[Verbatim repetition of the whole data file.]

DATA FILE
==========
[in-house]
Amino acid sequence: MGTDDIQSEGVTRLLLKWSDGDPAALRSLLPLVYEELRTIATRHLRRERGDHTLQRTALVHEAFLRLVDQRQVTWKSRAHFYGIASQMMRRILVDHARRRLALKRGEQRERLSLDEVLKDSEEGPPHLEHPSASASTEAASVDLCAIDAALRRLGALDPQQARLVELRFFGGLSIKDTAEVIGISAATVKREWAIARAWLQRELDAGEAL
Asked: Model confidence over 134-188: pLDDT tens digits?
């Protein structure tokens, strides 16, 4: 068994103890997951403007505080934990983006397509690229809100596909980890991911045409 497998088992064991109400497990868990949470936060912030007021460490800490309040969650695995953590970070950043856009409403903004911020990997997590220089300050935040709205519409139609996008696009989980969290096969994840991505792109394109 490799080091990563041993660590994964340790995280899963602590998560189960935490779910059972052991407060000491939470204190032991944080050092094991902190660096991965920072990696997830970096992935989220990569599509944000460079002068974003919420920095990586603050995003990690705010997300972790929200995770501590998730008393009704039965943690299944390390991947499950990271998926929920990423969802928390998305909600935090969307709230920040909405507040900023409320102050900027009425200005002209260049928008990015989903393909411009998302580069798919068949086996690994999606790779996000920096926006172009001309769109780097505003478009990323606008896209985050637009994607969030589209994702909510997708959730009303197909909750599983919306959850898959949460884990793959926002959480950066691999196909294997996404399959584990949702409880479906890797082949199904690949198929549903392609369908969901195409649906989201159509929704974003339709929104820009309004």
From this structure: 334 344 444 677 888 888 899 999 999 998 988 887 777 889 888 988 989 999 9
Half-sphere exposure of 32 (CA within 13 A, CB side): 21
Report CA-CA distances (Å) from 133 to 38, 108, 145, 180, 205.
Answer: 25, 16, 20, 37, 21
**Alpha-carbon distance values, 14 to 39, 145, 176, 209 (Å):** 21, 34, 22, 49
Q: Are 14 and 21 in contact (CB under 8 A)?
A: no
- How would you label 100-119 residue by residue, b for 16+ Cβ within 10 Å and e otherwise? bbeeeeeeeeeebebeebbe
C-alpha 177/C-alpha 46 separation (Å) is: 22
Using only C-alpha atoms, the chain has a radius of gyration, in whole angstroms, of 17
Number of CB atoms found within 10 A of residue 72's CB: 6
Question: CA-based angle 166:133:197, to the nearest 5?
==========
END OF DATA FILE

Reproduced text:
[in-house]
Amino acid sequence: MGTDDIQSEGVTRLLLKWSDGDPAALRSLLPLVYEELRTIATRHLRRERGDHTLQRTALVHEAFLRLVDQRQVTWKSRAHFYGIASQMMRRILVDHARRRLALKRGEQRERLSLDEVLKDSEEGPPHLEHPSASASTEAASVDLCAIDAALRRLGALDPQQARLVELRFFGGLSIKDTAEVIGISAATVKREWAIARAWLQRELDAGEAL
Asked: Model confidence over 134-188: pLDDT tens digits?
């Protein structure tokens, strides 16, 4: 068994103890997951403007505080934990983006397509690229809100596909980890991911045409 497998088992064991109400497990868990949470936060912030007021460490800490309040969650695995953590970070950043856009409403903004911020990997997590220089300050935040709205519409139609996008696009989980969290096969994840991505792109394109 490799080091990563041993660590994964340790995280899963602590998560189960935490779910059972052991407060000491939470204190032991944080050092094991902190660096991965920072990696997830970096992935989220990569599509944000460079002068974003919420920095990586603050995003990690705010997300972790929200995770501590998730008393009704039965943690299944390390991947499950990271998926929920990423969802928390998305909600935090969307709230920040909405507040900023409320102050900027009425200005002209260049928008990015989903393909411009998302580069798919068949086996690994999606790779996000920096926006172009001309769109780097505003478009990323606008896209985050637009994607969030589209994702909510997708959730009303197909909750599983919306959850898959949460884990793959926002959480950066691999196909294997996404399959584990949702409880479906890797082949199904690949198929549903392609369908969901195409649906989201159509929704974003339709929104820009309004």
From this structure: 334 344 444 677 888 888 899 999 999 998 988 887 777 889 888 988 989 999 9
Half-sphere exposure of 32 (CA within 13 A, CB side): 21
Report CA-CA distances (Å) from 133 to 38, 108, 145, 180, 205.
Answer: 25, 16, 20, 37, 21
**Alpha-carbon distance values, 14 to 39, 145, 176, 209 (Å):** 21, 34, 22, 49
Q: Are 14 and 21 in contact (CB under 8 A)?
A: no
- How would you label 100-119 residue by residue, b for 16+ Cβ within 10 Å and e otherwise? bbeeeeeeeeeebebeebbe
C-alpha 177/C-alpha 46 separation (Å) is: 22
Using only C-alpha atoms, the chain has a radius of gyration, in whole angstroms, of 17
Number of CB atoms found within 10 A of residue 72's CB: 6
Question: CA-based angle 166:133:197, to the nearest 5?